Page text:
The $24 billion Vanguard Windsor (VWNDX) had a total return of 19 percent over the past 12 months to rank in the top one-third of large value funds. Its three-year annualized return of 13 percent puts it just above the midpoint of its peers.
"I recommend Windsor as a good core holding for someone who believes in buying low, selling high and hanging on for the long term," said Dan Culloton, analyst with Morningstar Inc. in Chicago, noting the fund's excellent long-term record. "However, that person must be aware that in order to beat the market over the long haul you sometimes must go against it in the short run."
Committed contrarian David Fassnacht took over lead management of the Wellington team in mid-2004 and is backed by an experienced group. Bernstein also is value-oriented, but uses a few more quantitative tools to back up fundamental research. Since Bernstein came on board in mid-1999 the fund has become less concentrated in a few stocks.
Because of its dedicated approach Windsor can sometimes seem out of step with the market, with 1997, 1998 and 2002 years of weak performance. It currently is lagging much of the large value group because more than half of its assets are in giant-cap stocks that have been out of favor.
Nearly one-fourth of its portfolio is in financial services, with other concentrations in industrial materials, health care and hardware. Largest holdings recently were Citigroup, Bank of America, Cisco Systems, Comcast, Sprint Nextel, Wyeth, Tyco International, Microsoft, Alcoa and Sanofi-Aventis.
This "no-load" (no sales charge) fund requires a $3,000 minimum initial investment.
Q: Would it make sense to take out $10,000 in a home equity loan and invest it in the stock market? Upside, downside? -- R.V., via the Internet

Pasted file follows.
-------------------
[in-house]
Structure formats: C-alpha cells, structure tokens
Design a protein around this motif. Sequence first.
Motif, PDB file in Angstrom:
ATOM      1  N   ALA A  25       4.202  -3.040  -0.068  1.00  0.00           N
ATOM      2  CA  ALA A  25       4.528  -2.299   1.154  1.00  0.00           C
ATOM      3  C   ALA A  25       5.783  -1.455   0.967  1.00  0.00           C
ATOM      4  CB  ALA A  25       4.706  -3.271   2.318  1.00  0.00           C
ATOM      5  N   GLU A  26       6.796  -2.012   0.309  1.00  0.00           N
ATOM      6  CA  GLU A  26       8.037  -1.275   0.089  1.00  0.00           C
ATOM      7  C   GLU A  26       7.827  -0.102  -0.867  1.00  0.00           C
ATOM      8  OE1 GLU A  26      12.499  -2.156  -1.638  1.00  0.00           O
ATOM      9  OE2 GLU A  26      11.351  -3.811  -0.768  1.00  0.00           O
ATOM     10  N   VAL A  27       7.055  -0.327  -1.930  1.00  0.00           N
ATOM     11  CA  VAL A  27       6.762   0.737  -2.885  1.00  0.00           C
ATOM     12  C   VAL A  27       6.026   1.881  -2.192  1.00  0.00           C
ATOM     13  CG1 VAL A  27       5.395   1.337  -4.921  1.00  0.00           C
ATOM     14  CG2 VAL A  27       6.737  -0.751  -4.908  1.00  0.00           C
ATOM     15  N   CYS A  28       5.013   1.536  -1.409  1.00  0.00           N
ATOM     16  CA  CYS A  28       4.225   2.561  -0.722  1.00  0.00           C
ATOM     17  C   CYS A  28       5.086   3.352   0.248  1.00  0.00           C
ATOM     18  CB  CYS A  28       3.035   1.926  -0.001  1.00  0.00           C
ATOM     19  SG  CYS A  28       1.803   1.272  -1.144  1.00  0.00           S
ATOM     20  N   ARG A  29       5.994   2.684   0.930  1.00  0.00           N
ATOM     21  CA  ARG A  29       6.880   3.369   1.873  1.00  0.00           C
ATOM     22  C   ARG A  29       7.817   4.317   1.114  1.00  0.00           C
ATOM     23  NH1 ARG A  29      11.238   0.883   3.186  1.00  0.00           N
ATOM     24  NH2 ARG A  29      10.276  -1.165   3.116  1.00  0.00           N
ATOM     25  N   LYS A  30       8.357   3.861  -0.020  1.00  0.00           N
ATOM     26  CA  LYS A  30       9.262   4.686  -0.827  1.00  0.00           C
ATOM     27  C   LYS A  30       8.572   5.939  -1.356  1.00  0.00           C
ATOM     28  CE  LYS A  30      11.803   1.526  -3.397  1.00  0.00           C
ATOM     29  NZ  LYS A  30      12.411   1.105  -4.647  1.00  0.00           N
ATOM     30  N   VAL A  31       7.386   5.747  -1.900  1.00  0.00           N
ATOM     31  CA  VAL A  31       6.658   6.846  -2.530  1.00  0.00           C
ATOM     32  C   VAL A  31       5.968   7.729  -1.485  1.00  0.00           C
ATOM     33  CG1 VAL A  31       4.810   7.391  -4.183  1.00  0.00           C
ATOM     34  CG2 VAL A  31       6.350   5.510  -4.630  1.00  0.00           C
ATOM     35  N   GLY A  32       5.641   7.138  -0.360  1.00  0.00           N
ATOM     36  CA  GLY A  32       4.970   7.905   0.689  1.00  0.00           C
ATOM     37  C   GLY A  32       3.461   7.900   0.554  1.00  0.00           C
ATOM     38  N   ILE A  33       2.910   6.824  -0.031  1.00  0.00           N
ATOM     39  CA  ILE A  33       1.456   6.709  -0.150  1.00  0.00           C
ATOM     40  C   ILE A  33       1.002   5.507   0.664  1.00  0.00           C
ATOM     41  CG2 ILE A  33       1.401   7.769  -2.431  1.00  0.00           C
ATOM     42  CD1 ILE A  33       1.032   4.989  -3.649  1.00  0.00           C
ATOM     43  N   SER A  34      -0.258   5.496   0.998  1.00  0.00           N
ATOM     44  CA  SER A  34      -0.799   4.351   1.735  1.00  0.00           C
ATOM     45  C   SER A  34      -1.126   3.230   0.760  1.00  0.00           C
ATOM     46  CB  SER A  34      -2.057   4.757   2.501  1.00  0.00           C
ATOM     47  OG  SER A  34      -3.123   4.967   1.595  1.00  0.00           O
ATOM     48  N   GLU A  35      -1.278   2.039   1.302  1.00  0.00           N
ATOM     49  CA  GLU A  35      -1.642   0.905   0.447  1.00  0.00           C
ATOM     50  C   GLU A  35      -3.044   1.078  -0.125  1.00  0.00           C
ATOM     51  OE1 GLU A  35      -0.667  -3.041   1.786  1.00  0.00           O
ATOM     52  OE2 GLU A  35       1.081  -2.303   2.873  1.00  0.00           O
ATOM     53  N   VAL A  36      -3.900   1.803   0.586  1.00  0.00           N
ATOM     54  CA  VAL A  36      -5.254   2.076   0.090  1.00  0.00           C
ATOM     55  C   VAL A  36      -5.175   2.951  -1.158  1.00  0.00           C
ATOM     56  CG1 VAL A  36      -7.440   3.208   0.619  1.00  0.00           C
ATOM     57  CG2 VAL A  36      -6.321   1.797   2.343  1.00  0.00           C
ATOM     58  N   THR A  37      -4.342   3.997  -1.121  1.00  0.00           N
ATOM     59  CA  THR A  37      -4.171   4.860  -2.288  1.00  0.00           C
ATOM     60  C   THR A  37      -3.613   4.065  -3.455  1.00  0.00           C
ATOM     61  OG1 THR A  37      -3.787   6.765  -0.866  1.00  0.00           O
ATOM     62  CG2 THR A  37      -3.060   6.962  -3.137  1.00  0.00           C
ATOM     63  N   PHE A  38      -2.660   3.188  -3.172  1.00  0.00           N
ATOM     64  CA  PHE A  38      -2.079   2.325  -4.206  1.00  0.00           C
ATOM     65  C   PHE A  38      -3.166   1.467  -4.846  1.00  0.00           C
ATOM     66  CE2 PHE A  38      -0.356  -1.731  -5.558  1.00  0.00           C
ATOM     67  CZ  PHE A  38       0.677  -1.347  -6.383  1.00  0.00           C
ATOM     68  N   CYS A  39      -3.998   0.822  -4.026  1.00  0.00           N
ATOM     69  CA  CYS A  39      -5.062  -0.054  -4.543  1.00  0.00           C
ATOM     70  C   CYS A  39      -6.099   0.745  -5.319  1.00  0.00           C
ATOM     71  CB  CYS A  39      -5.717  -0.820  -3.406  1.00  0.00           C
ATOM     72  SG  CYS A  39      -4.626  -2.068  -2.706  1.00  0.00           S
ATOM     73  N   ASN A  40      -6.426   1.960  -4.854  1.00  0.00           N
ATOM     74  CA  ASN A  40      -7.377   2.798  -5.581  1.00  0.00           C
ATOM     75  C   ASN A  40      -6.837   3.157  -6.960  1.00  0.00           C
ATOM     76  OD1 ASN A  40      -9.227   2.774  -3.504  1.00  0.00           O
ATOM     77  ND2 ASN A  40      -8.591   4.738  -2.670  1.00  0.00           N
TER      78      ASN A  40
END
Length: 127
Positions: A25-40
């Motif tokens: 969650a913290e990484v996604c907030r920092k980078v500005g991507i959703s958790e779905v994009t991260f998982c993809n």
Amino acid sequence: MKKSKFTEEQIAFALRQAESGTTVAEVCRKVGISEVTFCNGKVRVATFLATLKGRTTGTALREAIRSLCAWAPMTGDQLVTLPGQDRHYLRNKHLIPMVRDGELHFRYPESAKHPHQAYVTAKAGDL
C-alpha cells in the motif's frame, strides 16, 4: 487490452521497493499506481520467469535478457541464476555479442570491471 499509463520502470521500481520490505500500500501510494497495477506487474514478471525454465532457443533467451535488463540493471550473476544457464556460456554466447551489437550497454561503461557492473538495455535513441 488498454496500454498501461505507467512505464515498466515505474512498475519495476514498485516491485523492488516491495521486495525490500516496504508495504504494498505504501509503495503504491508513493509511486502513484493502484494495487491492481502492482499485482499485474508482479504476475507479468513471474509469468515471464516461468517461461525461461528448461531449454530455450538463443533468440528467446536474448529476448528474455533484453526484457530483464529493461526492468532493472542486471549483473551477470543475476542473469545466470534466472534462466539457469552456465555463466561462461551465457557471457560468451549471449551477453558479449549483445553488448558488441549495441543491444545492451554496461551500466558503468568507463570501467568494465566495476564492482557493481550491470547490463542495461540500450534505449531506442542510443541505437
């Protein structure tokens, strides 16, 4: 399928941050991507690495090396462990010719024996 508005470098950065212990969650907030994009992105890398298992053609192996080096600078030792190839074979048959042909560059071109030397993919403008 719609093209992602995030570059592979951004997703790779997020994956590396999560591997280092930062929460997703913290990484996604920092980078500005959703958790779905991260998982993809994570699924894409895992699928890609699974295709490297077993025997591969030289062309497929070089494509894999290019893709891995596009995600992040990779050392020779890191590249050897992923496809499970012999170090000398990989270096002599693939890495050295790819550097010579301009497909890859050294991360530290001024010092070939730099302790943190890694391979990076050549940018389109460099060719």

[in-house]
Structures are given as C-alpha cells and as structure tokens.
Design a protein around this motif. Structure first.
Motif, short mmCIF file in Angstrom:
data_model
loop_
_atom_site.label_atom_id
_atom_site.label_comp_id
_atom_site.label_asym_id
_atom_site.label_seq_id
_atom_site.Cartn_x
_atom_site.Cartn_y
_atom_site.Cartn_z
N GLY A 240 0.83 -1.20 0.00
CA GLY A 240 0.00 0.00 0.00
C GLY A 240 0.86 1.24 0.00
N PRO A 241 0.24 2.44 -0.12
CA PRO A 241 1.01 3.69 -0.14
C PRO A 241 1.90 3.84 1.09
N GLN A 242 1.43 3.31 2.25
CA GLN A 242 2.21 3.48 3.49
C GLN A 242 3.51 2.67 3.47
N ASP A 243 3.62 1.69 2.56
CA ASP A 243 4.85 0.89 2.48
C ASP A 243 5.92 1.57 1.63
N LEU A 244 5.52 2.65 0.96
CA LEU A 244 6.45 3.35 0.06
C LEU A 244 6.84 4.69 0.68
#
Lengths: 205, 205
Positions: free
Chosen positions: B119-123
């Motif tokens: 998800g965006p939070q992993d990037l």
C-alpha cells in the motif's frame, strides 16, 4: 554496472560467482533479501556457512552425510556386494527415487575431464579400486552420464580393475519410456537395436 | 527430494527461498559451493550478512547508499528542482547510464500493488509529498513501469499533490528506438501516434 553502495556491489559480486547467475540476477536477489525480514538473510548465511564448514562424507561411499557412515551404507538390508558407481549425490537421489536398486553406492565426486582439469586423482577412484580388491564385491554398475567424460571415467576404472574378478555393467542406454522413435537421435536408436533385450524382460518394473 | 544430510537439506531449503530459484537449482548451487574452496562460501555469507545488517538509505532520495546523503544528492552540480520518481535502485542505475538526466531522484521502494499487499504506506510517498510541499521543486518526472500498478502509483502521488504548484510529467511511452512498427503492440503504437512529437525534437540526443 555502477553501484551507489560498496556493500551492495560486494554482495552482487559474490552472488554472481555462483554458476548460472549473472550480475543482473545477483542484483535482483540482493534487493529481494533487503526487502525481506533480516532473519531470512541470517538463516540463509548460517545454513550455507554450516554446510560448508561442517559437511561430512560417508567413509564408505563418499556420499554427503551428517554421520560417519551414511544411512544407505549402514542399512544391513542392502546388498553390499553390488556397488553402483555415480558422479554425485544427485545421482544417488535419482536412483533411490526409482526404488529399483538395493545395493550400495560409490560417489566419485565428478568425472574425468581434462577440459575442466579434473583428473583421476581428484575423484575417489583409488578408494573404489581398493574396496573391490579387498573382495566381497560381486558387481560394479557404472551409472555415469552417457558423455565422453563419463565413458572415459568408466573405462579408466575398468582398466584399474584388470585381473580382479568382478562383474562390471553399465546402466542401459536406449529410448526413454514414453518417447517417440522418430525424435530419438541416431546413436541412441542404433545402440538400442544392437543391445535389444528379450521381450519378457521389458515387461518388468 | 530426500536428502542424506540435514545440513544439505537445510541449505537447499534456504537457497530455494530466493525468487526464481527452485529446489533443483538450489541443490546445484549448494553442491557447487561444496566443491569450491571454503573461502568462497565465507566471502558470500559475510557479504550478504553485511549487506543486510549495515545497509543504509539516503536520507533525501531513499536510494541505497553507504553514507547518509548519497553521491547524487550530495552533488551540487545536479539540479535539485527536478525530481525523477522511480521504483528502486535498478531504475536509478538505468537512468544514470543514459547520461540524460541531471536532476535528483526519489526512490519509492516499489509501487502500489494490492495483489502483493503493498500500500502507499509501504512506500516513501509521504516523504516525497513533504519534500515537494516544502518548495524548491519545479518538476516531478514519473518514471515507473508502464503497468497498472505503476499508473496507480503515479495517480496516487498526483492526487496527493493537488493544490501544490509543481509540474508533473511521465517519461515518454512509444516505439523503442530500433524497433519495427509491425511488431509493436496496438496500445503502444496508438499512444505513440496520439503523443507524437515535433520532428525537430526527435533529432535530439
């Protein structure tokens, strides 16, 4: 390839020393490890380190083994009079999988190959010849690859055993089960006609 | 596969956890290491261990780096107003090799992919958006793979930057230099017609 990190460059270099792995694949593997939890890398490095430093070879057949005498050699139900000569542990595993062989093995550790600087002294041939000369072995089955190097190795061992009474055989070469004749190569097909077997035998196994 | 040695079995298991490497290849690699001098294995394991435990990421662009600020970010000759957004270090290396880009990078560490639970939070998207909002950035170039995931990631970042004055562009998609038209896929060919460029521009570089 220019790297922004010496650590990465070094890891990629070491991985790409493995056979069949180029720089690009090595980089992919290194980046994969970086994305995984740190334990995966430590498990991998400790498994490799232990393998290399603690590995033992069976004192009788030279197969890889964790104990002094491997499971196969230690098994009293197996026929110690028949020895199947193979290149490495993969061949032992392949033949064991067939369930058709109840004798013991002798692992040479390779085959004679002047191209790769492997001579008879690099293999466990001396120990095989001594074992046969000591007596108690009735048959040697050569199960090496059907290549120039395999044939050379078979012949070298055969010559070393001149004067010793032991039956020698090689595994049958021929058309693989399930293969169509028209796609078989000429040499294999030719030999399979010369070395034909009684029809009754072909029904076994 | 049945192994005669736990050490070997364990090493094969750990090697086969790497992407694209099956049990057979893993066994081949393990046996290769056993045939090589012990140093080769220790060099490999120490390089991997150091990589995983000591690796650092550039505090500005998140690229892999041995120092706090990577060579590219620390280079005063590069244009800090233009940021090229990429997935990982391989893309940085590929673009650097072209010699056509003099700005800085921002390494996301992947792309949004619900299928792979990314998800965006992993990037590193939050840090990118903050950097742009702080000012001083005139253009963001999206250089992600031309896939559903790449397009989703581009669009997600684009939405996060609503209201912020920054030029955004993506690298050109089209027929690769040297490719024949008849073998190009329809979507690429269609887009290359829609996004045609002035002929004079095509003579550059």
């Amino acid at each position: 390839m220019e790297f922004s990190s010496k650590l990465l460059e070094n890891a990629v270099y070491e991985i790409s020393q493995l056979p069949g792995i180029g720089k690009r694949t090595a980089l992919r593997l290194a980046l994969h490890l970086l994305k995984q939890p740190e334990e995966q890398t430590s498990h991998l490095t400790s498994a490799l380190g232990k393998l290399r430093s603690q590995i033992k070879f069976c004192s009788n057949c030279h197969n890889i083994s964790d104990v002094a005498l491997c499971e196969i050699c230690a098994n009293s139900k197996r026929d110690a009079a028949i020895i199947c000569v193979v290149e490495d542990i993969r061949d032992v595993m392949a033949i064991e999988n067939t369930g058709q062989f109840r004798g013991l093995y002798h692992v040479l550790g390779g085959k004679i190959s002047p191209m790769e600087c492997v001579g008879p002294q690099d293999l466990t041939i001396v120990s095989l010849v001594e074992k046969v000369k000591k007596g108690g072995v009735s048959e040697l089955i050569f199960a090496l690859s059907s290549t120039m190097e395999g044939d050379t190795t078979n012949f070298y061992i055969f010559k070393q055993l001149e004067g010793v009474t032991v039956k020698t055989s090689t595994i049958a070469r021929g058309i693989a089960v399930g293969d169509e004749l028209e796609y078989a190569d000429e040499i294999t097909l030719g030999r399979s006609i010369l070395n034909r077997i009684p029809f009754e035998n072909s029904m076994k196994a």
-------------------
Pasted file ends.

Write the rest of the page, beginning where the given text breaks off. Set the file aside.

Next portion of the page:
A: It depends on whether you're confident that you can secure a stock market return that covers and exceeds the interest cost of the home equity loan. There are certainly other ways to borrow money to buy stock that don't incur the risk of losing your home.
Unless you're comfortable with this risk, don't do it.
"I'm asked this a lot by clients and generally counsel against doing it," said Vern Hayden, certified financial planner with Hayden Financial Group LLC, Westport, Conn. "A rock-bottom interest rate makes the tradeoff more appealing, but it is a gamble that depends on how much you can afford to lose."
He first asks the client how much he or she already has invested in the stock market and how much has been taken out in home equity. That determines whether the $10,000 will be significant to that person.
"Unless you receive a fixed rate on the home-equity loan, there's also the risk of it fluctuating," added Hayden. "Only if you can lose $10,000 without batting an eye should you do it."
Recent home equity loan rates nationwide averaged just under 8 percent, according to Bankrate.com.
Andrew Leckey is a Tribune Media Services columnist. E-mail him at firstname.lastname@example.org.